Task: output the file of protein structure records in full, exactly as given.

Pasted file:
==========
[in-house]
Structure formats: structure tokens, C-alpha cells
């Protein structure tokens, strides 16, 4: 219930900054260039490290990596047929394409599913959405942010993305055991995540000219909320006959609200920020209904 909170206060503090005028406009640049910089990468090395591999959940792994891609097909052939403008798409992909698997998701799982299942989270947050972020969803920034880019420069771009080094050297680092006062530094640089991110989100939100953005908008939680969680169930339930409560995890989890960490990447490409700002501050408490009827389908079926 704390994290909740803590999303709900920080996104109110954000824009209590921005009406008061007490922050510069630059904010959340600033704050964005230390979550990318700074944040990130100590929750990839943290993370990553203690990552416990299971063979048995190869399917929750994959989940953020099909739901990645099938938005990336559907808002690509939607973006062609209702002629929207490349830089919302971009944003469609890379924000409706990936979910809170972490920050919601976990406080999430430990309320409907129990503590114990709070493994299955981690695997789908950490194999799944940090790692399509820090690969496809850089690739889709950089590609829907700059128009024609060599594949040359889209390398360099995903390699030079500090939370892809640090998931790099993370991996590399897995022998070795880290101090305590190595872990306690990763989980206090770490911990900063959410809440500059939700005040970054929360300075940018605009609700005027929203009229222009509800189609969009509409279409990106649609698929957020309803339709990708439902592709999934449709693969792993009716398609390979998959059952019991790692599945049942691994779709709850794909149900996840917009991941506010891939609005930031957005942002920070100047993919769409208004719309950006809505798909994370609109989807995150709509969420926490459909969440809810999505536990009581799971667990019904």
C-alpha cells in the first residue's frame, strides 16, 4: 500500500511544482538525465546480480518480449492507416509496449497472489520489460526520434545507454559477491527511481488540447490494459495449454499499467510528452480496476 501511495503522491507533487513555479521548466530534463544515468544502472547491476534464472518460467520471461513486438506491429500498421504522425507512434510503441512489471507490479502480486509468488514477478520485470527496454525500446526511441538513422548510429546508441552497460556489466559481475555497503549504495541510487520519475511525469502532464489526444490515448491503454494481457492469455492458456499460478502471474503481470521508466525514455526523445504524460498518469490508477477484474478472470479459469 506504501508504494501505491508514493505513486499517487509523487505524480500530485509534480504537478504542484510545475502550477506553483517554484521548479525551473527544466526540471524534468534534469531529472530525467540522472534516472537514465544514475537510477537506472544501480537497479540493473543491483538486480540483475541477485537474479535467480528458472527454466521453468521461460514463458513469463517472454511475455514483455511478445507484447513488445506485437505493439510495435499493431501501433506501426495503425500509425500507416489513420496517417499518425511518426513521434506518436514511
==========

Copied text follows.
[in-house]
Structure formats: structure tokens, C-alpha cells
């Protein structure tokens, strides 16, 4: 219930900054260039490290990596047929394409599913959405942010993305055991995540000219909320006959609200920020209904 909170206060503090005028406009640049910089990468090395591999959940792994891609097909052939403008798409992909698997998701799982299942989270947050972020969803920034880019420069771009080094050297680092006062530094640089991110989100939100953005908008939680969680169930339930409560995890989890960490990447490409700002501050408490009827389908079926 704390994290909740803590999303709900920080996104109110954000824009209590921005009406008061007490922050510069630059904010959340600033704050964005230390979550990318700074944040990130100590929750990839943290993370990553203690990552416990299971063979048995190869399917929750994959989940953020099909739901990645099938938005990336559907808002690509939607973006062609209702002629929207490349830089919302971009944003469609890379924000409706990936979910809170972490920050919601976990406080999430430990309320409907129990503590114990709070493994299955981690695997789908950490194999799944940090790692399509820090690969496809850089690739889709950089590609829907700059128009024609060599594949040359889209390398360099995903390699030079500090939370892809640090998931790099993370991996590399897995022998070795880290101090305590190595872990306690990763989980206090770490911990900063959410809440500059939700005040970054929360300075940018605009609700005027929203009229222009509800189609969009509409279409990106649609698929957020309803339709990708439902592709999934449709693969792993009716398609390979998959059952019991790692599945049942691994779709709850794909149900996840917009991941506010891939609005930031957005942002920070100047993919769409208004719309950006809505798909994370609109989807995150709509969420926490459909969440809810999505536990009581799971667990019904």
C-alpha cells in the first residue's frame, strides 16, 4: 500500500511544482538525465546480480518480449492507416509496449497472489520489460526520434545507454559477491527511481488540447490494459495449454499499467510528452480496476 501511495503522491507533487513555479521548466530534463544515468544502472547491476534464472518460467520471461513486438506491429500498421504522425507512434510503441512489471507490479502480486509468488514477478520485470527496454525500446526511441538513422548510429546508441552497460556489466559481475555497503549504495541510487520519475511525469502532464489526444490515448491503454494481457492469455492458456499460478502471474503481470521508466525514455526523445504524460498518469490508477477484474478472470479459469 506504501508504494501505491508514493505513486499517487509523487505524480500530485509534480504537478504542484510545475502550477506553483517554484521548479525551473527544466526540471524534468534534469531529472530525467540522472534516472537514465544514475537510477537506472544501480537497479540493473543491483538486480540483475541477485537474479535467480528458472527454466521453468521461460514463458513469463517472454511475455514483455511478445507484447513488445506485437505493439510495435499493431501501433506501426495503425500509425500507416489513420496517417499518425511518426513521434506518436514511